Edward Ferrars is a major character in Sense and Sensibility. He is the brother of Fanny Dashwood and Robert Ferrars, but unlike his two siblings, he did not develop any of the snobbery that they had.
Biography[edit | edit source]
Early life[edit | edit source]
Edward was the eldest son of a very rich man who died and left most of his fortune to him. Unfortunately, the fortune depended on the will of his mother, Mrs. Ferrars. His mother had a dream of getting into the public eye, and wanted him to be in Parliament. He never fulfilled her wishes.
Norland Park[edit | edit source]
Upon the death of Henry Dashwood, Edward's sister and brother-in-law moved to the estate, effectively displacing the Mrs. Dashwood and her three daughters. Edward stayed at the house before the Dashwood women moved out, and met Elinor Dashwood, the eldest half-sister of his brother-in-law. The Dashwood women were pleased with his disposition and how he was unlike his sister.
Mrs. Dashwood looked forward to when Edward would marry Elinor, as she could see their regard for each other as plain as day.
[WORK IN PROGRESS; MORE COMING SOON]
As first described in Sense and Sensibility: “Edward Ferrars was not recommended to their good opinion by any peculiar graces of person or address. He was not handsome, and his manners required intimacy to make them pleasing. He was too diffident to do justice to himself; but when his natural shyness was overcome, his behaviour gave every indication of an open, affectionate heart. His understanding was good, and his education had given it solid improvement. But he was neither fitted by abilities nor disposition to answer the wishes of his mother and sister, who longed to see him distinguished—as—they hardly knew what.”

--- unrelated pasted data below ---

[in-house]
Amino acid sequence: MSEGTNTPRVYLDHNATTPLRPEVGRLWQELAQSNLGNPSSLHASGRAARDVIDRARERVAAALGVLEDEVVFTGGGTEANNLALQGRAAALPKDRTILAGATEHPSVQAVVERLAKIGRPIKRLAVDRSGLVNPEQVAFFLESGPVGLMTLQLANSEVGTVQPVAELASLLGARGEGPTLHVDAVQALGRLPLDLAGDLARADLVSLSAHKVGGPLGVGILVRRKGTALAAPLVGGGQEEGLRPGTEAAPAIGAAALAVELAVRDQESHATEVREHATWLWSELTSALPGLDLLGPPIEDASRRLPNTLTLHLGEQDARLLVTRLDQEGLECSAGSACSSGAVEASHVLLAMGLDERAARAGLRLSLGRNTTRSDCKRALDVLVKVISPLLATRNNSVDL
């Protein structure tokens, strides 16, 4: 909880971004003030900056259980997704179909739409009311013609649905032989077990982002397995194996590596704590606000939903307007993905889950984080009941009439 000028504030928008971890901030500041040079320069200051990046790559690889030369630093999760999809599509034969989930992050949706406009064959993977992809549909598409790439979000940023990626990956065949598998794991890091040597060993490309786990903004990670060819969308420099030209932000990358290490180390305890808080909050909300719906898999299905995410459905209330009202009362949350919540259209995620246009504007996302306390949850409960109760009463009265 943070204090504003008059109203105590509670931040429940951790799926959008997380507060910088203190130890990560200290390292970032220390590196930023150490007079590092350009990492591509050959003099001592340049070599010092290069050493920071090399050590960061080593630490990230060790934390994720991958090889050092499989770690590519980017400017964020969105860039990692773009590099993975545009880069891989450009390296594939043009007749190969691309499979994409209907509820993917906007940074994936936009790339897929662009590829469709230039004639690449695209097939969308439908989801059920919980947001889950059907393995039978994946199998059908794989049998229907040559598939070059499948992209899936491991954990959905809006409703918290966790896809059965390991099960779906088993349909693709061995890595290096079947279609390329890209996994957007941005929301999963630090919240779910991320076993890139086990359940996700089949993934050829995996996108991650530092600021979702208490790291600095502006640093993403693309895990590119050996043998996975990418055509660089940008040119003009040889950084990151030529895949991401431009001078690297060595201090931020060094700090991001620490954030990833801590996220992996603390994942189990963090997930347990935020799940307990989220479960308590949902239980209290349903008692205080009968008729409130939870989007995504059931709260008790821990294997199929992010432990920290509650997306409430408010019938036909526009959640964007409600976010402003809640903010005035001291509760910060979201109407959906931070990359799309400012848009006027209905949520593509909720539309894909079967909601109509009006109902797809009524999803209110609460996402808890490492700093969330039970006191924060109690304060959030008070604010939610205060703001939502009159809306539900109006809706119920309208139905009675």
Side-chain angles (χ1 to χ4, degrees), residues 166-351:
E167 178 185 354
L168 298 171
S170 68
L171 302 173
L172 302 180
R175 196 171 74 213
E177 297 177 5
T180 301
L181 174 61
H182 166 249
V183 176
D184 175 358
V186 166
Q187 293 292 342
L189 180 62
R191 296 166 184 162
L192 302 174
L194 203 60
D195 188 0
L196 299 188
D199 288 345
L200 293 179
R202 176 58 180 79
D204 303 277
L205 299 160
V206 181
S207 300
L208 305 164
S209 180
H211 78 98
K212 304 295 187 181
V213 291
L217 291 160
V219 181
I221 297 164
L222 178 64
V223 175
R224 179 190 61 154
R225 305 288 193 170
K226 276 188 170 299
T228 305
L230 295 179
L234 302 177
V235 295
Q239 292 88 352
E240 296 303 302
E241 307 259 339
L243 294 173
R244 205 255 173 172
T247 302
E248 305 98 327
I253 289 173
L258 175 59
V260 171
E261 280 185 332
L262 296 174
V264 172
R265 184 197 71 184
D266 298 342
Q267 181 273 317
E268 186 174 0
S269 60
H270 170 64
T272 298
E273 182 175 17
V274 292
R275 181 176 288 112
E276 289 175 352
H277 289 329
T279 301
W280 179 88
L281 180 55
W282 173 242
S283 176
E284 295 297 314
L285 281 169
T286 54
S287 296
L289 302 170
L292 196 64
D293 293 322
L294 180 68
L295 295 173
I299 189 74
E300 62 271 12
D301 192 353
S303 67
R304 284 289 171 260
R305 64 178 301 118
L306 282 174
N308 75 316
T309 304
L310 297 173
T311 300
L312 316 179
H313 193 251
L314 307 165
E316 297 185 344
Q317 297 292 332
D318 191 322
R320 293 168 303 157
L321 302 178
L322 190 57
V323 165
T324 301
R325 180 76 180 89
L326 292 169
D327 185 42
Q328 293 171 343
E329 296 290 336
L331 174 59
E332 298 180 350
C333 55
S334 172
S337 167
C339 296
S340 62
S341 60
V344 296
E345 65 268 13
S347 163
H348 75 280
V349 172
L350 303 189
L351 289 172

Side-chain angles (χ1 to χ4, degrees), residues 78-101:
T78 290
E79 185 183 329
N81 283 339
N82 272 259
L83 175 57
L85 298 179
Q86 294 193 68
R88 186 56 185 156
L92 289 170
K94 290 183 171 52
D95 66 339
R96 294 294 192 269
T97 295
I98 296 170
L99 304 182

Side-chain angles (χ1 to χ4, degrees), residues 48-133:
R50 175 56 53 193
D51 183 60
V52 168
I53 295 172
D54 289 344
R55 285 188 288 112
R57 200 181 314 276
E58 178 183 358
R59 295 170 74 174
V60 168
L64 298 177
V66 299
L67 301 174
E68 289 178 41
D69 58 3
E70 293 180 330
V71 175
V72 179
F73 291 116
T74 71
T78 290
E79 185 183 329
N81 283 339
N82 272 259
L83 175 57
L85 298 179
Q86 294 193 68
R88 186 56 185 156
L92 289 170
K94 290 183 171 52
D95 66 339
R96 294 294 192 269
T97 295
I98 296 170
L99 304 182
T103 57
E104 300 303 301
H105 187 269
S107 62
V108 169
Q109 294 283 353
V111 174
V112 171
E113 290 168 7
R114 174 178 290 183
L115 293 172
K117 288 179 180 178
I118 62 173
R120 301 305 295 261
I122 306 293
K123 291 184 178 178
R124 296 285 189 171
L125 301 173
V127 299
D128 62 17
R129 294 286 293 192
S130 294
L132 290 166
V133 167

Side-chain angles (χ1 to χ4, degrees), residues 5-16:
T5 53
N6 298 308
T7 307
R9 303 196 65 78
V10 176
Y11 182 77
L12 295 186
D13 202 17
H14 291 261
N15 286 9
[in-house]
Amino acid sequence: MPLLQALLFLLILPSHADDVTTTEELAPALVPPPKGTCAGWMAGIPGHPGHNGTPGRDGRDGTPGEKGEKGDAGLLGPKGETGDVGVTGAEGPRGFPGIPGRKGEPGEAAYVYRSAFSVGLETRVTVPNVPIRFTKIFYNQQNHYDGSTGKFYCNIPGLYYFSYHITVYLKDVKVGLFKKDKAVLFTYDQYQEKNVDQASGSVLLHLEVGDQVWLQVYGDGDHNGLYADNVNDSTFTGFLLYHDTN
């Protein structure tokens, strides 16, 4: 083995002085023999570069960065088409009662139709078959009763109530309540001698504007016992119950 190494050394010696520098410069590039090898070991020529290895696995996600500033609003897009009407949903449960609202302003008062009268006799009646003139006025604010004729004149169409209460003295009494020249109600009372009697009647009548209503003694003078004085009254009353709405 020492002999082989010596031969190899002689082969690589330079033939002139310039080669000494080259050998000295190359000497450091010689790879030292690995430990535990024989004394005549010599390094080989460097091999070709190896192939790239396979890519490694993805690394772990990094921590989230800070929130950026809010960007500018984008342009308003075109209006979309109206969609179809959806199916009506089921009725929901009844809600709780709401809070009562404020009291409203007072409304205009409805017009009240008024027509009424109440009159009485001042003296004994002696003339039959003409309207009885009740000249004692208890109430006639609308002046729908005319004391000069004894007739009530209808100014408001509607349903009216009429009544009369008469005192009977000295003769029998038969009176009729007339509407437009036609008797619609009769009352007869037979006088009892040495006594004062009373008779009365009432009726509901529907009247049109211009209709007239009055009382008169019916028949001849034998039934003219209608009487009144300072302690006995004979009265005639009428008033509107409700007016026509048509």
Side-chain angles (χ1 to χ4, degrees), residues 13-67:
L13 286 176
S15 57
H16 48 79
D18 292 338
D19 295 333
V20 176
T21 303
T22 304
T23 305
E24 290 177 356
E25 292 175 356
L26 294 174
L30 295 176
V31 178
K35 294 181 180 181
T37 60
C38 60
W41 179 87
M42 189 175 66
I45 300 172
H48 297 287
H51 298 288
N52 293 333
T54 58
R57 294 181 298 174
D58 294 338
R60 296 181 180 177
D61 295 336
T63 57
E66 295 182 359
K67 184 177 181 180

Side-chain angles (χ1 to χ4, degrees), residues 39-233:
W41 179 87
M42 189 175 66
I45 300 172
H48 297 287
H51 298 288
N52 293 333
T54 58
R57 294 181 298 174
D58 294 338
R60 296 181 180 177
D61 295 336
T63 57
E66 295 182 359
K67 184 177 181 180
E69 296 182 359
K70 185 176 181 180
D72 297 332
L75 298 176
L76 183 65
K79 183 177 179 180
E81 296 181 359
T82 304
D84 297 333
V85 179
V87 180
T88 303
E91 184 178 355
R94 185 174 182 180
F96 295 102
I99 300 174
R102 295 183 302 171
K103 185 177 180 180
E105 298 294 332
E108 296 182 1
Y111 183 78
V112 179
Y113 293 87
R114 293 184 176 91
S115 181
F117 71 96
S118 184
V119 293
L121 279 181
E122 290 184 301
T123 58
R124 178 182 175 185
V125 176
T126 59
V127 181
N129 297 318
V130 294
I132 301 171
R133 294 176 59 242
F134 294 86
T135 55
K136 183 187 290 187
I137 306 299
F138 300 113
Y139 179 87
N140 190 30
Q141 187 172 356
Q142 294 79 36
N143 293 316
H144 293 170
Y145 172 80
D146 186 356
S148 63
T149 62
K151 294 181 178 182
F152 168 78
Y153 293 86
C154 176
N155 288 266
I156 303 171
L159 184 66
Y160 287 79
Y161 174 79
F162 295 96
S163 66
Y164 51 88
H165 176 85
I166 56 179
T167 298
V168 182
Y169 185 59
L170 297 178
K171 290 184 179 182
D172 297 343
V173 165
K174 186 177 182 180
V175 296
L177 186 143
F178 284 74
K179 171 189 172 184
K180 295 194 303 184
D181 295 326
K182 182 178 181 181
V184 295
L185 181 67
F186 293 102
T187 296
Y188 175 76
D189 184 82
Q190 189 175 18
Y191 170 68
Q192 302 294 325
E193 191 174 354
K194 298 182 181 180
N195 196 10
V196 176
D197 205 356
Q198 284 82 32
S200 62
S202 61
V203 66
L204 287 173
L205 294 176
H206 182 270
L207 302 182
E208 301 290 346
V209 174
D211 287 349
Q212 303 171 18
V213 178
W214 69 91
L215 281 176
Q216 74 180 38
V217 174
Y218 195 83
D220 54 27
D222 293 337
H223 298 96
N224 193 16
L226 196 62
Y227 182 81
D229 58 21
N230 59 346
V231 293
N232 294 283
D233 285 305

His personality, while it lacks the flash of Marianne Dashwood's romantic interest Willoughby, indicates more fortitude. Despite the good common sense that links him to Elinor, he is able to attach himself to other people and form bonds of friendship and love with ease. He exemplifies great loyalty when he sacrifices his potential happiness with Elinor to honor a promise he made to another girl when he was younger. He and Marianne's future husband Colonel Brandon are both models of great character under unimpressive exteriors. This simplicity makes them rather less three-dimensional than Pride and Prejudice′s Fitzwilliam Darcy and Emma′s Mr. Knightley.
Notes and references[edit | edit source]
- Sense and Sensibility, Chapter 3